By Nadine Kam
Nadine Kam photos
Garments by Alfred Shaheen show the cultural inspirations that influenced his work.
The work of Alfred Shaheen will come to live through an exhibition, "HI Fashion: The Legacy of Alfred Shaheen," opening Nov. 10 at Bishop Museum. I will be out of town but will be back in time to see his garments on the runway during a fashion show, "An Evening of HI Fashion," from 6 to 9 p.m. Nov. 17, featuring his work, along with that of Reyn Spooner and Andy South.
I was lucky enough to get a little preview while photographing the museum's staff models for my story in the paper today. It was so wonderful to see so many Shaheen pieces in one spot, including wall-to-wall aloha shirts. And in their workrooms, racks and boxes of Shaheen garments, courtesy of his daughter Camille Shaheen-Tunberg, waiting to be fit onto manikins. Usually, I only get to see Shaheens virtually, during late-night searches on eBay.
I bought this later-period Shaheen dress on eBay for about $36 a couple of years ago.
Opening day festivities include talks by fashion historian Linda Bradley, Bishop Museum's DeSoto Brown, and Camille and her husband William Tunberg, who got her started on her mission to recover and preserve her father's creations.
Sometimes, in the day-to-day ordinariness of making a living, people don't realize they are creating something magical.
I always saw the beauty in his work and his factory was still open when I started writing about fashion, but I never sought him out, thinking there was always time. I was too young to conceive that something here today might be gone tomorrow, and in a difficult economic period, he closed up shop in 1988.
As Camille explained, by then all his six children had other lives in other fields, so there was no one to carry on the family business.
But, a name and style like his couldn't be forgotten, and along with Camille's collecting, she's keeping the Shaheen name alive through licensing of his prints for apparel and home.
I'd like to see some smart manufacturer bring back some of his designs as well, after seeing some of the line shots of 1970s designs I'd never seen before. Getting the prints right would be difficult though, because Shaheen was a master in creating the unique textiles that made his garments stand out.
Guests who do attend the fashion show, at $75 general and $55 for museum members, are invited to "dress vintage." How fun is that?
Exhibition designer Dave Kemble, with Bishop Museum vice-president of cultural collections Betty Lou Kam, said he was glad that experience from a prior showing of the collection led curators to recommend a specific manikin for the Shaheen dresses, often constructed to fit a voluptuous 1950s 36-24-36 figure.
I only have one Shaheen, that's probably from the 1980s. By then, styles were much simpler and casual and for me, more wearable. I just don't have that bombshell figure his earlier designs were built for. Not to mention his collectible 1940s to '50s bombshell and wiggle dresses regularly sell for $250 to $300 on eBay and Etsy.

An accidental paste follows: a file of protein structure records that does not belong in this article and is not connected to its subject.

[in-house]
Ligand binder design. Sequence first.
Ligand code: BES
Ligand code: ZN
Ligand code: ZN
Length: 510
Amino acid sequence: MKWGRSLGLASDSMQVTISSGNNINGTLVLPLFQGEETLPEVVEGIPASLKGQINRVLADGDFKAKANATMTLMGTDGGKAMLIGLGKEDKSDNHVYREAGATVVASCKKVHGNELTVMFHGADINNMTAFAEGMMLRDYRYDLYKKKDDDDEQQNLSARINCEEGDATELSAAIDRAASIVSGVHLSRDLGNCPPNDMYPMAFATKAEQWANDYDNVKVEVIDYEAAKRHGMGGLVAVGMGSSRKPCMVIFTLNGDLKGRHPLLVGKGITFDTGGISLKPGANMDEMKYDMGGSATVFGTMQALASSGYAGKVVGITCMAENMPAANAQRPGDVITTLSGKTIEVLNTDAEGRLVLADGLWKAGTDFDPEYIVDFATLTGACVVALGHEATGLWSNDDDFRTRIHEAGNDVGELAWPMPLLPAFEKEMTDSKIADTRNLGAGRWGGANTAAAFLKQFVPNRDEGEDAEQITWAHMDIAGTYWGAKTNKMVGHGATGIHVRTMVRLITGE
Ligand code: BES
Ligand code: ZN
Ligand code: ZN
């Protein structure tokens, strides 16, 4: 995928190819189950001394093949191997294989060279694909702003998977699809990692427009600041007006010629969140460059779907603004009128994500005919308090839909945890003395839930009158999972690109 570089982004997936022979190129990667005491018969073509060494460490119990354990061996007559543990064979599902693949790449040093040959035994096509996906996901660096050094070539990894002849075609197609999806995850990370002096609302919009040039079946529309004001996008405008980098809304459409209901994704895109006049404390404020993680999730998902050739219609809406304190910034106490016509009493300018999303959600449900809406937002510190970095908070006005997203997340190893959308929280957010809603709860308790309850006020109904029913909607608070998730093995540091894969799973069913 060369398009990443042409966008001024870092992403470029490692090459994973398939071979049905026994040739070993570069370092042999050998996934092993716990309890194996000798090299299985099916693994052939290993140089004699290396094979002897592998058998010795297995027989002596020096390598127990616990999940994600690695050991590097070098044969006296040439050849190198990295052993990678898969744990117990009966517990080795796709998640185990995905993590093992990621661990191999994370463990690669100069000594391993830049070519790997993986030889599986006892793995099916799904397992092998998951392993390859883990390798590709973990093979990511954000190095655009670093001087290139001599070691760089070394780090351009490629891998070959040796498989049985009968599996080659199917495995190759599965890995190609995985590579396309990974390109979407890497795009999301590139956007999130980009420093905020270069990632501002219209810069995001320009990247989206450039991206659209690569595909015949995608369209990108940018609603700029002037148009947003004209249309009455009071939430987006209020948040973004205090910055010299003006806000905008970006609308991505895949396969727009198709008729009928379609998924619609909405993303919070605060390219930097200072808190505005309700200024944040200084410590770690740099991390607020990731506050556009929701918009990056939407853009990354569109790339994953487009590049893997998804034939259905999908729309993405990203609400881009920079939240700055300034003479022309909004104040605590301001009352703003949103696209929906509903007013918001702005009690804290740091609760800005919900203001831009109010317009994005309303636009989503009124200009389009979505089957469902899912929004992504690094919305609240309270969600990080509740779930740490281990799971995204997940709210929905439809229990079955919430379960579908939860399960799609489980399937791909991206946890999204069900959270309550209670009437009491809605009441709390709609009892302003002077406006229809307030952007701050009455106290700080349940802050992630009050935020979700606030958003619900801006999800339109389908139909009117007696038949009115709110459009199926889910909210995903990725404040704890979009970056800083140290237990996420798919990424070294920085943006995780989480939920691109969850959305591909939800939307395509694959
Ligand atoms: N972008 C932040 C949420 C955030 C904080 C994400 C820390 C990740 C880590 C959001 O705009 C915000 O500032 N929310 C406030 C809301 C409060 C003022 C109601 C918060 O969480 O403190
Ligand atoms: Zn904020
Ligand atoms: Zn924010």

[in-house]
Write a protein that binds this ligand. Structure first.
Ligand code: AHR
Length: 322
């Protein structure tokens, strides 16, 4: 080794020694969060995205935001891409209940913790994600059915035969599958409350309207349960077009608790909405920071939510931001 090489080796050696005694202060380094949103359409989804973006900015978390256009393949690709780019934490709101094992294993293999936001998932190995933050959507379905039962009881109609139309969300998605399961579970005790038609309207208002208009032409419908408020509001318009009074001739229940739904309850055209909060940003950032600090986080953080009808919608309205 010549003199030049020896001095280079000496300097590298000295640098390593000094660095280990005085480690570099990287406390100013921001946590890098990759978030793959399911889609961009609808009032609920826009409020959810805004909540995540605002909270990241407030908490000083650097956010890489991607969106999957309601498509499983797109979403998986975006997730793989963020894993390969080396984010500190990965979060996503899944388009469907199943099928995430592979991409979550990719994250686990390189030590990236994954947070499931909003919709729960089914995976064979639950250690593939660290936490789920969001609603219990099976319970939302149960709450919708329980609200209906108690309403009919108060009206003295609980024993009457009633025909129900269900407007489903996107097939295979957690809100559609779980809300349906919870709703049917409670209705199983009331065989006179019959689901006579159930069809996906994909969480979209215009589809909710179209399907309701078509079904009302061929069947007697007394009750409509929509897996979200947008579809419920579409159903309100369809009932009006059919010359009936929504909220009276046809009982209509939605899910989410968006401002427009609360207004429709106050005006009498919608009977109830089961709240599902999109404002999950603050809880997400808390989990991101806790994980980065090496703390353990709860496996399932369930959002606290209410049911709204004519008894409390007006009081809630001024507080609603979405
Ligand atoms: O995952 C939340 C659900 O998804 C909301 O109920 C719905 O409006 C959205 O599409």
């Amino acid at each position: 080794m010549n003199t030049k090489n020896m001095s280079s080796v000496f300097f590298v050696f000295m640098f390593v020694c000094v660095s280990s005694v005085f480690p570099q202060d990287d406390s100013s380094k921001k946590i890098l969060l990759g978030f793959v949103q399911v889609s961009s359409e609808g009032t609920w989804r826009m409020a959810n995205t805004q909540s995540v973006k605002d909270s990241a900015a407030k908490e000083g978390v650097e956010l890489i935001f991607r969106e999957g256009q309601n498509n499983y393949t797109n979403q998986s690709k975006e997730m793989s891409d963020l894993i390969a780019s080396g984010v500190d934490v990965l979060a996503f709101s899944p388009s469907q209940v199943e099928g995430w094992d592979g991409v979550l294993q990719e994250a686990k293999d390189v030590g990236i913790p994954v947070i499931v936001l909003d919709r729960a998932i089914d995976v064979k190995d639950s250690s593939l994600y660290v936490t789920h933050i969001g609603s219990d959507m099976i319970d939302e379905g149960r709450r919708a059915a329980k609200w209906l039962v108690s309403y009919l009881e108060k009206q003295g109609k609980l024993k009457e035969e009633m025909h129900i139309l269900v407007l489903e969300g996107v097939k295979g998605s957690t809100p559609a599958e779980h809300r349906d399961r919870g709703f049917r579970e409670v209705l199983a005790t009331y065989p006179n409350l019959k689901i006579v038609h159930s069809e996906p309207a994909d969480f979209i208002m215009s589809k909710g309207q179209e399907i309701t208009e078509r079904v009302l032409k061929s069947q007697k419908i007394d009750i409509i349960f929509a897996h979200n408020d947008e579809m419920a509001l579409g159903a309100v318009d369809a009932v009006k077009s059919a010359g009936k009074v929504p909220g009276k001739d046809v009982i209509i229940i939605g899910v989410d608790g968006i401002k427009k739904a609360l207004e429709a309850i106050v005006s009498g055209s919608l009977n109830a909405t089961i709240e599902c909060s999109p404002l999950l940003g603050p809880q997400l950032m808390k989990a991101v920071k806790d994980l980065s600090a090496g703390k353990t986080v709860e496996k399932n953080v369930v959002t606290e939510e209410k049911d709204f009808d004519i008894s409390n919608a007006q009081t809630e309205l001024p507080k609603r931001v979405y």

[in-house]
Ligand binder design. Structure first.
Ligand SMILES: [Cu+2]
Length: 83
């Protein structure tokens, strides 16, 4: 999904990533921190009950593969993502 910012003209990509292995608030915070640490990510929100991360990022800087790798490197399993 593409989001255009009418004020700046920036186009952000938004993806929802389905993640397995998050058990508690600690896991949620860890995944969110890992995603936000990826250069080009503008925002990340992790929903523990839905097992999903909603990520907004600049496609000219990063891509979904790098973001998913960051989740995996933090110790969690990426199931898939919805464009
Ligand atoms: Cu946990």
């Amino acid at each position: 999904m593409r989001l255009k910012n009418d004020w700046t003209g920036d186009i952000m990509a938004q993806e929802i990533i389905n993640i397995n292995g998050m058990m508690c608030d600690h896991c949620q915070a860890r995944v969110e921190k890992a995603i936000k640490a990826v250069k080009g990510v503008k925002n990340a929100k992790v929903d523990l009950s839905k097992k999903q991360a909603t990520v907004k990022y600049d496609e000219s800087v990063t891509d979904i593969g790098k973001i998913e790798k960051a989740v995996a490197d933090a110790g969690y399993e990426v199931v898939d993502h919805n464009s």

But I had to laugh when I received the dress through eBay. As simple as the garment appears, it has a built in bra for a shelf bust that's pretty hard to fill!
I feel like the designer, who died in 2008, would enjoy knowing that women—in spite of their more stick-like or muscular 2012 bodies—still admire and covet his dresses. As Betty Lou Kam, vice president, cultural resources at the Bishop Museum said, staffers unpacking boxes of Shaheen garments were squealing over the designs, and putting imaginary dibs on them, saying, "This one's mine, so is this one ..."
On the 10th, there will also be gallery tours, a screening of "Blue Hawaii," educational activities for children and period-inspired food and drinks available for purchase.
Bishop Museum is at 1525 Bernice St. Call 847-3511 or visit www.bishopmuseum.org.
Black and white images courtesy Camille Shaheen-Tunberg
Alfred Shaheen on the factory floor with models, including Beverly Noa in front.
Shaheen designs, including a little Pucci-esque dress, below, that would look current today.
Beverly Noa in a 1950s photo of one of Alfred Shaheen's dresses under the label Surf 'N Sand. Although he was known for this brand, along with other eponymous labels, had many lines his daughter didn't know about until she started researching his work. This dress would likely sell for 30 to 40 times its original price.
Alfred Shaheen cared about brand image and sent detailed setup instructions to every department store that carried Shaheen's "East Meets West" designs. Their ranks included Bullock's, Macy's and Bergdorf Goodman.
Shaheen also published a booklet describing its silkscreen process, which was unique to the company because of the large size of the hand-done prints.